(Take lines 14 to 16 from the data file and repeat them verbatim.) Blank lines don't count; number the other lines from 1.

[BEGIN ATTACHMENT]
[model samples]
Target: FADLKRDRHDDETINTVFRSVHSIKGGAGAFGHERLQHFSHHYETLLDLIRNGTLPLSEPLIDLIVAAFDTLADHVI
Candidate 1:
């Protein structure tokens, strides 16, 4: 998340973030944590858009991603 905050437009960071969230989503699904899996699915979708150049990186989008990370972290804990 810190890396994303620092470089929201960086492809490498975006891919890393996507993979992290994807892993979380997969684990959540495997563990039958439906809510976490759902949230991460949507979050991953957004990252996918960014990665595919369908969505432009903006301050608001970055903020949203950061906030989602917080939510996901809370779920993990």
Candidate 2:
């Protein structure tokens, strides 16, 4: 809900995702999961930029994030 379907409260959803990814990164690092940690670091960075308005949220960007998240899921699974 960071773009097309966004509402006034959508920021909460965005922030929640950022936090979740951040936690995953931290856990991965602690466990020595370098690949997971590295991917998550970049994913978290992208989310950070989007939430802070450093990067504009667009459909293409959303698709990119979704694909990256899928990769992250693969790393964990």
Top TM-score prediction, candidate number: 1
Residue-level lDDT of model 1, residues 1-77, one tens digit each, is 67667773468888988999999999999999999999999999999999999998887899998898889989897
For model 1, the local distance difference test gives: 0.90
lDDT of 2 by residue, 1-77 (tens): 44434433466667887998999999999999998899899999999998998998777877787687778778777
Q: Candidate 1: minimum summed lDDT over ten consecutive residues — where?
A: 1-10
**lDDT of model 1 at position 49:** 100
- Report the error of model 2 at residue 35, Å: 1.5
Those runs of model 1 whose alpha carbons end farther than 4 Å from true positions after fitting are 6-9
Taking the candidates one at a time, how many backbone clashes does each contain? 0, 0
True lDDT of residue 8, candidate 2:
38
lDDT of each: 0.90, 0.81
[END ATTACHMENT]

- Report the error of model 2 at residue 35, Å: 1.5
Those runs of model 1 whose alpha carbons end farther than 4 Å from true positions after fitting are 6-9
Taking the candidates one at a time, how many backbone clashes does each contain? 0, 0